God—was able to overcome her possession through the power of divine motherly love.Their respective husbands were both sidelined for the film’s climax, despite the men’sclear position as heads of household iterated in the film. At this point, a question began toform – did more religiously inflected horror films have a tradition of affording femalecharacters a heightened level of agency within the framework of Christianity? To whatend I asked this question, I was uncertain, but that initial spark of curiosity led me back toAmerican cinema’s horror renaissance – the Catholic possession films of the 1960s and70s.To my dismay, my suspicions of female empowerment in horror films influencedby Christianity were far from confirmed. In Rosemary’s Baby I saw an otherwise strongwoman coerced into bearing the Anti-Christ and finally deciding to be that child’smother. In The Exorcist I saw a young girl become possessed, her body used continuallyas a plot device to measure the spiritual strength of her male saviors while her motherstood by in terror. In The Omen, I saw a maid hang herself, a mother be thrown from ahospital window, and the only competent female character, the Antichrist’s satanic aupair, be stabbed to death by Gregory Peck. Finally, and almost most upsettingly, in TheAmityville Horror, I watched as directors paraded the Christian mother figure around infetishizing pigtails, preppy schoolgirl outfits, and satin soft-core lingerie as she watchedher husband slowly become unhinged before his sudden recovery in the film’s final act,in which he returns to patriarchal grace through the heroic act of not killing his wife andchildren. How could The Conjuring, a film whose marketing and critical acclaim hingedheavily on its roots in the 70s tradition of Catholic horror cinema, have crafted such apositive representation of Christian female agency from an era of filmmaking with such2

regressive portrayals of women? My research led me inevitably to the scholar CarolClover and various other feminist critics of horror, but despite all my searching, I couldfind very little scholarship on these 60s and 70s texts that contextualized them against thespecific historical-religious backdrop of their moment – against Vatican II, the definingevent of Catholicism in the 20th century from which fascination with these religiouslyinflected horror classics sprung.The further I looked into the specifics of Vatican II—the changes it made to theCatholic Church, the gendered aspects of the proceedings which were all but inevitablegiven the event’s proximity to the women’s movement, the complete overhaul of how theChurch claimed it wanted to be perceived in the modern world—the more the themes ofthese 60s and 70s horror films crystallized in my head. I began to see some of the films asoperating subversively, critiquing the Church’s shortcomings in living up to the promisesof Vatican II. Some began to appear more celebratory of the Church, advocating for itscontinued progress towards a more modernized, more approachable brand of faith. Allthe films, however, have a singular confusion with incorporating gender into theircommentaries on Catholicism and its growing pains in the years immediately followingVatican II – are women a concern? Does a new model of Catholicism necessitate a newbrand of Christian masculinity? Do women still fit comfortably in a Holy Motherarchetype in an increasingly progressive era, and does their existence outside thatarchetype make them powerful? Threatening? Disposable? All these questionsculminated into the final research intervention from which this project stems – How didthe texts of these films and their interactions with American audiences reveal publicperceptions of post-Vatican II Catholicism’s trajectory with regard to gender? The3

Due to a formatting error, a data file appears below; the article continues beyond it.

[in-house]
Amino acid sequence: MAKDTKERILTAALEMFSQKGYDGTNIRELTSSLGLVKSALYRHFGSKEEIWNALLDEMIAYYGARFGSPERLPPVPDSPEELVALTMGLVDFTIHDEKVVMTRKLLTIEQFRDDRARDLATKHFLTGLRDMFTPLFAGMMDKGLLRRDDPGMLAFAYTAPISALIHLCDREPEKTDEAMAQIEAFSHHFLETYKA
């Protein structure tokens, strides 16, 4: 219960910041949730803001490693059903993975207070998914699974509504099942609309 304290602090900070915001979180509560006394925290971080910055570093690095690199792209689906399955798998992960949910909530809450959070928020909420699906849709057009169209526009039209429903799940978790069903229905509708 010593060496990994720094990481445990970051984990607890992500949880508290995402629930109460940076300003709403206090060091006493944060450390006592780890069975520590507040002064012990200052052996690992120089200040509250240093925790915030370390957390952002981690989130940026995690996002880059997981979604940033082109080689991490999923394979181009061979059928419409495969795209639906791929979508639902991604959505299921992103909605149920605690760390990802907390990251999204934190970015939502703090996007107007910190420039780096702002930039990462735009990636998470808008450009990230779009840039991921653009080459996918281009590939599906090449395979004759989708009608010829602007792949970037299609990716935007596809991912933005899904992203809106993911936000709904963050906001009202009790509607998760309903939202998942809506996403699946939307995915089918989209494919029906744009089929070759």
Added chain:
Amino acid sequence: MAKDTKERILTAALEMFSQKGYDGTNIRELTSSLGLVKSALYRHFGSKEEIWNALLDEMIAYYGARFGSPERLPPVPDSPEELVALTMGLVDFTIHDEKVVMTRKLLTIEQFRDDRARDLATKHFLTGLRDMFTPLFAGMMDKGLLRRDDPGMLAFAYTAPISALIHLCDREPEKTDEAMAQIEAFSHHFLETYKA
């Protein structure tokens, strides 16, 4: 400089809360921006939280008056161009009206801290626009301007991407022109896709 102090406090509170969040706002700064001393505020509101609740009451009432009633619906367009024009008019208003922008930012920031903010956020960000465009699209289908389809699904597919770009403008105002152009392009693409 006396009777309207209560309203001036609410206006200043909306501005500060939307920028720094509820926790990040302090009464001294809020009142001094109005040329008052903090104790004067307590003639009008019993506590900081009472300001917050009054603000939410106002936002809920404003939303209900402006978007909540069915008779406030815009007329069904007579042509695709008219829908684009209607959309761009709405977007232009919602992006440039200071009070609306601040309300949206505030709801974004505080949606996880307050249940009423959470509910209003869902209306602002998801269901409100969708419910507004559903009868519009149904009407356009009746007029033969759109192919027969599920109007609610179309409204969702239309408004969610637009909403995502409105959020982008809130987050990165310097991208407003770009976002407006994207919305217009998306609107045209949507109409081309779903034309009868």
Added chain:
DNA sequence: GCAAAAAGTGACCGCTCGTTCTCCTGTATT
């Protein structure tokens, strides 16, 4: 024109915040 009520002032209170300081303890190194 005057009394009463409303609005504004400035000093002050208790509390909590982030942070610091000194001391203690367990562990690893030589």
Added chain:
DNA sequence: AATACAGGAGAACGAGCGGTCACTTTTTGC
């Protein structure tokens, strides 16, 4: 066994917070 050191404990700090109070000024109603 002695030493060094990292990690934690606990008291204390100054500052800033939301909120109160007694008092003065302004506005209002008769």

question bears scrutiny in this moment not only because of the upcoming 50th anniversaryof Vatican II (as fate would have it, my birthday this coming December 9th will mark fiftyyears to the day of human existence in a post-Vatican II world), but because of films likeThe Conjuring and The Exorcism of Emily Rose that show religion is having a resurgencein mainstream, fiscally successful horror film. As we look forward to religiously inflectedhorror film of the future and its capacity for positive and provocative genderrepresentation, we would do well to look towards the past to see what contemporary filmshave to draw upon, and what has changed with regard to intersections of religion andgender between then and now.Why these films?The question of cherry picking is nearly irrelevant to scholarship on post-VaticanII American horror cinema, as there are really only four contenders if one wants toexplore the films that, by the numbers, were most widely seen and had the largest impacton their cultural moments. The films this paper will interrogate proceed in chronologicalorder - Rosemary’s Baby (1968), The Exorcist (1973), and The Amityville Horror (1979).Before delving into how each of these movies will be implemented in this project, I feelthe need to account for why The Omen (1976), a traditional companion to Rosemary andExorcist given that the three are often informally referred to as the demonic child trilogy,does not appear prominently in the following chapters. While The Omen clearly has anenduring cultural presence (a nearly shot for shot remake was released in 2006) andemploys horror conventions that compliment both Rosemary and Exorcist, its totaldomestic gross of sixty million was vastly outpaced by Amityville, which pulled in4